J&A's proposal called for the use of R Tanks, milk crate-size structural cubes that can hold excess water from a storm. Weremeychik says this turned out to be a great fit, working well with the mat and spread footings foundation plan.

The team stacked about 3,000 of the cubes two to three high across the entire foundation. It then covered them with a landscape fabric and built the basement slab on top.

The cubes, which sit amid a gravel bed and allow piping to run between them, connect into smaller, shallower dry wells. The system enables the building to handle volume from even a large hurricane-level surge in which stormwater would accumulate and then drain out.

"It was a product that we wouldn't have been exposed to, but the subconsultant had come across it before," Weremeychik says.

The stormwater system also allowed the team to raise the foundation's footings, says Joe Whalen, Lend Lease project manager. "It saved a tremendous amount of money on the project."

The design-assist process played a constructive role in shaping the exterior as well, encouraging several different subcontractors to partner on the planning and erection, Weremeychik says. Island International and Erie Architectural Products entered a joint venture contract for the job under W&W Glass as the lead subcontractor. That ended up helping the design team streamline all of the connection details between Island's panelized wall system and Erie's curtain wall, he says.

That collaborative approach has also extended to regular meetings between the hospital's facilities staff and the construction team to ensure a smooth handoff, Burke says. The process helps to avoid a common snag of facilities teams often being out of the loop until they take over a newly constructed building.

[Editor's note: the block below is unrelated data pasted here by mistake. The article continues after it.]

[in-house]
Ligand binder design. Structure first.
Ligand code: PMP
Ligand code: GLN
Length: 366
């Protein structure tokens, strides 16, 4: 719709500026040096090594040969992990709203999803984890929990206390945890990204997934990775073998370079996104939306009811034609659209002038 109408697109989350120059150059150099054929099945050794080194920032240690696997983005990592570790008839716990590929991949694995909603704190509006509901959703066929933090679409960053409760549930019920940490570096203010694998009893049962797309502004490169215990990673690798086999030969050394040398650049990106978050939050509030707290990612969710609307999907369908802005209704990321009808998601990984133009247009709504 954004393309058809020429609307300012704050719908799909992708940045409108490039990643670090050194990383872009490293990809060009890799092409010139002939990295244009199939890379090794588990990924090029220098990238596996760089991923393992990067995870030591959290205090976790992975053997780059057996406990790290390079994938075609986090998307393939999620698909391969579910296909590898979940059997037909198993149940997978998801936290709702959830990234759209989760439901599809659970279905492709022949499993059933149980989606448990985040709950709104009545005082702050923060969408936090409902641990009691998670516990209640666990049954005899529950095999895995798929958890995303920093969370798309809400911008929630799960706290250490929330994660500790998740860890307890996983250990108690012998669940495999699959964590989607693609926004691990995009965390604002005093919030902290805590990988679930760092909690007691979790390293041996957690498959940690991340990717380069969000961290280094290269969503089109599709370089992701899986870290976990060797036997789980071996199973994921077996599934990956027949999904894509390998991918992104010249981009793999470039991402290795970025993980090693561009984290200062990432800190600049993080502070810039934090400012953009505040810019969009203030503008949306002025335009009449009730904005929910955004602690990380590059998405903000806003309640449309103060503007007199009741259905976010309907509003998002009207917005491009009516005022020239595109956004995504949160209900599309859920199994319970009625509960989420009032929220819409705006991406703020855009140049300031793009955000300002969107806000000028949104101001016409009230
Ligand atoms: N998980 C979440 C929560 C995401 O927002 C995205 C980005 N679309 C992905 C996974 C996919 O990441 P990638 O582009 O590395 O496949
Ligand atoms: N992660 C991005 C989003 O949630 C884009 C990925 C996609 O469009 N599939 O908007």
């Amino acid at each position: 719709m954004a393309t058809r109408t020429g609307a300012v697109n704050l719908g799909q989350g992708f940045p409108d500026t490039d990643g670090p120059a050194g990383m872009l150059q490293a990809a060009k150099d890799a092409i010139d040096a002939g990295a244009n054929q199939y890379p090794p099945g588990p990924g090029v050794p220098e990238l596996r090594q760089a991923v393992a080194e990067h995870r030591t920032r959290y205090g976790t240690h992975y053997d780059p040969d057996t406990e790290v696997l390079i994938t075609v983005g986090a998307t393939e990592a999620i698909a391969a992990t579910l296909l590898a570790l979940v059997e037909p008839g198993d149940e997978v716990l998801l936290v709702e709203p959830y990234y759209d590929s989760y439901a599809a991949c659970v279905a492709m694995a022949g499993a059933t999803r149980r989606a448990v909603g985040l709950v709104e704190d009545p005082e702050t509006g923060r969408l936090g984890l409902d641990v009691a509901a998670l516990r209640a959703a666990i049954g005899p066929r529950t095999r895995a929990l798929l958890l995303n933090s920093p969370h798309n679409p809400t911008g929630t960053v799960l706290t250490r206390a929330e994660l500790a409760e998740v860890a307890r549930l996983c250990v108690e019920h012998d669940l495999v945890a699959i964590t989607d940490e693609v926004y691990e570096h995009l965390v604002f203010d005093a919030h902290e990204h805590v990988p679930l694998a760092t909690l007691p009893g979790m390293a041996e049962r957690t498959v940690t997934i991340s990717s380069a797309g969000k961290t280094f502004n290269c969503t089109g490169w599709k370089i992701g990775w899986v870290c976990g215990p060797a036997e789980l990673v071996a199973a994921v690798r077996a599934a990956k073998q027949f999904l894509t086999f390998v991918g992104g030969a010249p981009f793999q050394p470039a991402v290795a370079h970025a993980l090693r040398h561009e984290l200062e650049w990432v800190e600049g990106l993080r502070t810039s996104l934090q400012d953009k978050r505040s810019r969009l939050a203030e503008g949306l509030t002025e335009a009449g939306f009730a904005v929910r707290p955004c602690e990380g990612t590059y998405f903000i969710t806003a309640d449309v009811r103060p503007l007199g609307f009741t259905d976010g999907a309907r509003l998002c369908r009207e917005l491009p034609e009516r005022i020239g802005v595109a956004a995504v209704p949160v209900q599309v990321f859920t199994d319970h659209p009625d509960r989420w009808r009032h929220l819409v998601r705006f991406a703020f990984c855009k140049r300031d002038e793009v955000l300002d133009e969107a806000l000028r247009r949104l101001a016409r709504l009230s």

"Once this place is commissioned and opened up and the keys are turned over, they will have been seamlessly on board the whole way and know the facility inside out," he says.

Tight Squeeze

Besides challenges below ground, the site has its share above grade; it is located next to a busy Long Island Rail Road station on a main Mineola thoroughfare. It is also across the street from Winthrop's emergency department. The building's footprint left little spare room on the one-acre site, Whalen says.

"Our staging was limited to a section that was about 60 ft by 30 ft—or about 1,800 sq ft—and other than that we had to use the roadway," he says. "It made it tremendously difficult when you're building a job right outside of an existing [emergency department] and you have to keep the lanes open—and you have the train station for Mineola."

The site logistics were complicated further by roadways that are only the size of residential streets. This called for careful scheduling for jobs such as hoisting materials and making deliveries. It also meant that extensive coordination with neighbors was critical to minimize traffic impact and disruption to the community, Whalen says.

Setting the Stage

The owner opted not to use a tower crane, which led Lend Lease to instead select a 130-ton crawler crane and a creative approach to staging. "We actually had to design the steel to hold the crane to erect it so that we didn't actually take up the whole street," Whalen says. This allowed Winthrop to still be able to use the street as egress for the emergency room.

When the building opens, it will be one of the most sustainable structures on Long Island, Weremeychik says. That starts with the onsite stormwater management system, but includes other features such as planted green roofs, reflective white roofs to reduce heat-island effect, exterior sun shades and a motion sensor system tied to lighting as well as to mechanical systems regulating air exchange for the laboratories, he adds.

The building is also "cranked about 10 degrees off the street grid to better align it with the east-west compass axis and make it more solar efficient," Weremeychik says.

Those features tie into the project's greater achievement of accomplishing many goals in one design. "It's such a mixed-use building, it's hard to talk about it on one plane," Weremeychik adds. "Flexibility was definitely the theme throughout."